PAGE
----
CF Navigator Resources

Your Guide to IEPs and 504 Plans

Making the most of school accommodations

What is an IEP?

An Individualized Education Plan (IEP) is meant to specifically outline a student’s special education accommodations, modifications, and goals. The IEP can include special services (for example, speech, physical, or occupational therapy, or personal aide assistance), which are provided at no cost to the family. Read the federal government’s legal definition of an IEP.

IEP development must follow a strict legal process, and involves parents or caregivers, at least one general education teacher, at least one special education teacher, a school psychologist, and a representative of the school district. Testing and assessment may also be required. Parents or caregivers may also wish to involve outside legal support to review IEPs or participate in IEP meetings.


What is a 504 Plan?

A 504 plan outlines how a school will remove barriers and provide support for a student with a disability. These accommodations most often come in the form of services (for example, medication support from the school nurse) and changes to the learning environment (for example, unrestricted bathroom time or catch-up plans for missed work due to illness). Read about how Section 504 protects students with disabilities.

A 504 plan is a bit more flexible than an IEP. Generally, they are developed by a team of people who know the student. The 504 plan team might include parents or caregivers, general and special education teachers, and the school principal.

IEP Resources

Although state regulations vary, both IEPs and 504 plans are generally reviewed every year, often in the spring. Be sure to ask about the timing of IEP creation and review in your school district. You may also want to consider reviewing your child’s plan before the start of a new school year, or if their needs change.

Accommodation for CF that might be included in an IEP or 504 plan

You may want to consider accommodations in the following areas:

Bathroom access

Bathroom access

People with cystic fibrosis (CF) may have more frequent or longer trips to the bathroom. Consider bathroom accommodations such as unrestricted access to student bathrooms or use of a private bathroom (for example, in the nurse’s office). You may also need to consider school and classroom rules, and accommodations to those rules. For example, for schools with a strict hall pass system, perhaps your child could be given a permanent pass.

Making up for lost work

Making up for missed work

Planning ahead for extended absences (such as hospital stays, or during outbreaks of respiratory illnesses) may help to relieve some pressure when your child does need to miss school. Consider accommodations such as prioritized catch-up assignments, excused work, extra time for tests, and, if applicable, a plan for distance learning.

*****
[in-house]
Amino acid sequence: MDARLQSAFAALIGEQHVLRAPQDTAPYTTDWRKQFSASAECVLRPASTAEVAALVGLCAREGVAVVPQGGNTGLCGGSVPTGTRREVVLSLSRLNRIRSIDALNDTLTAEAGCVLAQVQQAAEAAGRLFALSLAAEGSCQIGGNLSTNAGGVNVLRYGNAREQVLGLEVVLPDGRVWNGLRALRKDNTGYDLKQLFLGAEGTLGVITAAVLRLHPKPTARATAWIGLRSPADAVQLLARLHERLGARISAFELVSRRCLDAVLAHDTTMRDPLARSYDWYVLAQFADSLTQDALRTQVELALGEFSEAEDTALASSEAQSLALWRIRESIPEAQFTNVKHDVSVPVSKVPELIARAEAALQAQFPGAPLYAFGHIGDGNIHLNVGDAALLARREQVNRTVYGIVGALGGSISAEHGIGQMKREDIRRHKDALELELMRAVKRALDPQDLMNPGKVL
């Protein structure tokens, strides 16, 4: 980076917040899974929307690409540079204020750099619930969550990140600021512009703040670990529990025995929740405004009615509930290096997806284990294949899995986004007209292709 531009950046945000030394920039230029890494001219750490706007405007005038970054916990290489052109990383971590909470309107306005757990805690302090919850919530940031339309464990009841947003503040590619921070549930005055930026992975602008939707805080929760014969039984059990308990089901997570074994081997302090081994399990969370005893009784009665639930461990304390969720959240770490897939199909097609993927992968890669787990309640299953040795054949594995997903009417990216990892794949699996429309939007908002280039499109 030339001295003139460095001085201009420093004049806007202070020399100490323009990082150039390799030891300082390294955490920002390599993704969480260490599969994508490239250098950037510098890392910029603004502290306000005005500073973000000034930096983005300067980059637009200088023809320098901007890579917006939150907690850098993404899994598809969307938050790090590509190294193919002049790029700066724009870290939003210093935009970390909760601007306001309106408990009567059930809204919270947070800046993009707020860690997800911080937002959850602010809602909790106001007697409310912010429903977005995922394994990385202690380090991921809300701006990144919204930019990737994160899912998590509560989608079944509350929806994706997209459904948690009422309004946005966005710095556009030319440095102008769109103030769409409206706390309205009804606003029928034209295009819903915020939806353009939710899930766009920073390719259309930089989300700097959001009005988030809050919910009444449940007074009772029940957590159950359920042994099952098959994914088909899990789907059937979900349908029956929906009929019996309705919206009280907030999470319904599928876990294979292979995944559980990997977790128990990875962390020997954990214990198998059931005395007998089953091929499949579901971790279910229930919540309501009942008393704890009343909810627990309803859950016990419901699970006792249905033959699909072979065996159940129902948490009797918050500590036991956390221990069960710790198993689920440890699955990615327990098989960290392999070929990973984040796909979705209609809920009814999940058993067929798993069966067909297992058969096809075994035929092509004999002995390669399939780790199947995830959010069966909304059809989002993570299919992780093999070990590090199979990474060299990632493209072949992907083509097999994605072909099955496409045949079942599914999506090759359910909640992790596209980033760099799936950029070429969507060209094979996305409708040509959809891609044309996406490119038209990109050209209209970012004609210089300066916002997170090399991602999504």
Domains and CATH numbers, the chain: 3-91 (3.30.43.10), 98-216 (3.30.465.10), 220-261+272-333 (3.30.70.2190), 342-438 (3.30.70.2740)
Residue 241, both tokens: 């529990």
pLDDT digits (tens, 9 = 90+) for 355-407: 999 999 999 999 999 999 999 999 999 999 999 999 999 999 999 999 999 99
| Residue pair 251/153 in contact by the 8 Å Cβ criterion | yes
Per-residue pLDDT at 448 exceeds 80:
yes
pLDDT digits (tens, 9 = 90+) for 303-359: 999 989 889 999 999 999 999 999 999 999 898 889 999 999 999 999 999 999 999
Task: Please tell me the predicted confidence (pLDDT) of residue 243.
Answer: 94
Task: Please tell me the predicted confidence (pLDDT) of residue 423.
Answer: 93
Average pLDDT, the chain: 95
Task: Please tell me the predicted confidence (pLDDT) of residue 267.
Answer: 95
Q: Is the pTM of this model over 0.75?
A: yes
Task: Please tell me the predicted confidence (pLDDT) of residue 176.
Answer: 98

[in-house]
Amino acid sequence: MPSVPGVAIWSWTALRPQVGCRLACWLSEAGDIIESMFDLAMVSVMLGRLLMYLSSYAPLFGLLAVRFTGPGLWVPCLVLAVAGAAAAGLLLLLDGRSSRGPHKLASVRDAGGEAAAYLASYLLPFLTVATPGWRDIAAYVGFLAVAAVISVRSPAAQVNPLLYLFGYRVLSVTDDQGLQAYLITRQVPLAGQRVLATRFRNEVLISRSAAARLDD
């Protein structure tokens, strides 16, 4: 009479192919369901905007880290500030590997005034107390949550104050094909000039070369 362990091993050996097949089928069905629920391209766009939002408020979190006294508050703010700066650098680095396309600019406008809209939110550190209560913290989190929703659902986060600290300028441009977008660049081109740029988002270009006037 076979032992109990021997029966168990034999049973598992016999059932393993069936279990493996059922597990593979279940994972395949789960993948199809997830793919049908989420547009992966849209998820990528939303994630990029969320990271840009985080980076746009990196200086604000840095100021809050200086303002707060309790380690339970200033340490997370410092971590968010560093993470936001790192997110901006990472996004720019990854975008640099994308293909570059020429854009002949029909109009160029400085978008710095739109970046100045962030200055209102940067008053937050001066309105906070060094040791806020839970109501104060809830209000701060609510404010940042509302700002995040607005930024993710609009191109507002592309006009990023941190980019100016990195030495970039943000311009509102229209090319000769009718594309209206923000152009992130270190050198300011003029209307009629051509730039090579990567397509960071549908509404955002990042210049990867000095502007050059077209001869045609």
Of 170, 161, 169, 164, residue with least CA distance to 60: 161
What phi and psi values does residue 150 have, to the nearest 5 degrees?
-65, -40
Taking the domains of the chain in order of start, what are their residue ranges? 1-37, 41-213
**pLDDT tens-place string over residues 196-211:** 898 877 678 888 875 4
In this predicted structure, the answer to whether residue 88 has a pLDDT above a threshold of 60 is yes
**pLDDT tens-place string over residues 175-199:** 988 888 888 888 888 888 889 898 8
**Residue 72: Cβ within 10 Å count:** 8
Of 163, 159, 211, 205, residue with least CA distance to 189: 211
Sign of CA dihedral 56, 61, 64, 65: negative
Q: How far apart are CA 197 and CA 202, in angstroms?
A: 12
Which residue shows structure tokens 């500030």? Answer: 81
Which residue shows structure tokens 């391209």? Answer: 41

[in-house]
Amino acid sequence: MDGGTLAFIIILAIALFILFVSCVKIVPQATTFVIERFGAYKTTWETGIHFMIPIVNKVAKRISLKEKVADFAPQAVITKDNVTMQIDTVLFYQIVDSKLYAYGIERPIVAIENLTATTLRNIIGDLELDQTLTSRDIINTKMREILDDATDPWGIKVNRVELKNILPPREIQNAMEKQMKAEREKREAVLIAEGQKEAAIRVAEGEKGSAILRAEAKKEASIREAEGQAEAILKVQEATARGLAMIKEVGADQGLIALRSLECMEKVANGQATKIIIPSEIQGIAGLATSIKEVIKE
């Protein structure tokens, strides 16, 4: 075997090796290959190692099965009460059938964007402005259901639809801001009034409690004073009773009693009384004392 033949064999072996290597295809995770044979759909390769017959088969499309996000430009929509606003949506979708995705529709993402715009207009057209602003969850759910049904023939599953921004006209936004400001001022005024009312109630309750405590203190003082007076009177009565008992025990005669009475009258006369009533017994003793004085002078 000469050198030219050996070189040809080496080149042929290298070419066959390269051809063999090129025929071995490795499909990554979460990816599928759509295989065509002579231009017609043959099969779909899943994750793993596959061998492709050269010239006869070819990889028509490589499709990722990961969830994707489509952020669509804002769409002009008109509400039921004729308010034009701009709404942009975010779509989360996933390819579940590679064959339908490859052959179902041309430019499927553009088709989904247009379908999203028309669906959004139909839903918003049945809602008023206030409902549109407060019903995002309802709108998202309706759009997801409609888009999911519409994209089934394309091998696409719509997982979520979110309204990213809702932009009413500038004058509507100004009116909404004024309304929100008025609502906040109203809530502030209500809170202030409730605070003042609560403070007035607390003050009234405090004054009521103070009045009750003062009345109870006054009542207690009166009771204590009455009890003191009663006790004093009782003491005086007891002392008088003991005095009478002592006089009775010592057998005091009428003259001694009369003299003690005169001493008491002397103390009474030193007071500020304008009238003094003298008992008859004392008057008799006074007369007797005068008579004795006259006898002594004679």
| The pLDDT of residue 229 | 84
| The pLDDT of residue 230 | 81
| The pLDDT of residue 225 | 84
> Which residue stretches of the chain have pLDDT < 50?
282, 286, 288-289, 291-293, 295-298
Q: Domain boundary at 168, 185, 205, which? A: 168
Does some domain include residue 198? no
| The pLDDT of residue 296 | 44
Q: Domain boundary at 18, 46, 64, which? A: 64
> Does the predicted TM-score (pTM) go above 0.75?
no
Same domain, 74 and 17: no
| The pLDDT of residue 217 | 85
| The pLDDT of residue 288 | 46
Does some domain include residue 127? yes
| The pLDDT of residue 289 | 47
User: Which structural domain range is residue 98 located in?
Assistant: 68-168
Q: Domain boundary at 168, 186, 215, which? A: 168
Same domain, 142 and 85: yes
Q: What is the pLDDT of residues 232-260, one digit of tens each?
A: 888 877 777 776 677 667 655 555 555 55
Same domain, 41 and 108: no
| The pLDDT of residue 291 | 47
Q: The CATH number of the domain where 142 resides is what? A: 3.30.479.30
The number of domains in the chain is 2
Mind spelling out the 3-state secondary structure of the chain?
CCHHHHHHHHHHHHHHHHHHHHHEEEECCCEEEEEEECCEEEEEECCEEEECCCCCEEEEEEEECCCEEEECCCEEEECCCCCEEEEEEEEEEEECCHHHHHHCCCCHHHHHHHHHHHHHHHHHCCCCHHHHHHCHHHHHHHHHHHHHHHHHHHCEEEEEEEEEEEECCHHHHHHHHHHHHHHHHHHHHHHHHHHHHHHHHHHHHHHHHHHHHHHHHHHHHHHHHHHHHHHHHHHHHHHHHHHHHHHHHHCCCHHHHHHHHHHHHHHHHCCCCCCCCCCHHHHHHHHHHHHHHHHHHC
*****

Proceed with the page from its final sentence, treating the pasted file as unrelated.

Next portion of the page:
Meals and snacks

Meals and snacks

People with CF have specific dietary needs that may be different from other students. Consider accommodations such as access to extra snacks, ensuring appropriate rehydration after gym class or recess, and access to a refrigerator if needed.



Schools have strict rules in place regarding medication storage and onsite administration but people with CF need to take treatments at specific times of day. Consider outlining your child’s treatment plan in their IEP or 504 plan, including who will be responsible for administering each type and dose of medication. You may also want to consider who will conduct training on medication administration: can a caregiver train the school staff, or will they require training from a CF professional?

Top tips for creating and reviewing an IEP or 504 plan

  1. Work collaboratively with your child’s team. You are the expert in your child, but principals, teachers, and school district representatives are experts in the IEP/504 plan system. School staff may also have experience with IEP/504 plans for students with other chronic illnesses or disabilities that could be helpful for your child’s plan.
  2. Consider walking through a day in the life of your child to ensure all possible accommodations are considered.
  3. Don’t assume the school representatives know about CF and its manifestations. Consider providing a quick overview of CF at a planning meeting, or direct them to the Cystic Fibrosis Foundation’s Teacher’s Guide to CF.
  4. Be sure to ask if there are any other students with CF at the school. Extra planning will be needed to keep all people with CF safe.
  5. Encourage older students to provide insight into their school life and suggest accommodations that work for them. The care team at your CF center may also have good suggestions.
  6. Don’t be afraid to advocate for what you think is best. You know your child best, and what they are capable of.
  7. Plan ahead. Request a meeting with new teachers before the school year begins or within the first few weeks to review accommodations, particularly when your child is starting at a new school. For students starting college, accommodations can be discussed as early as orientation.

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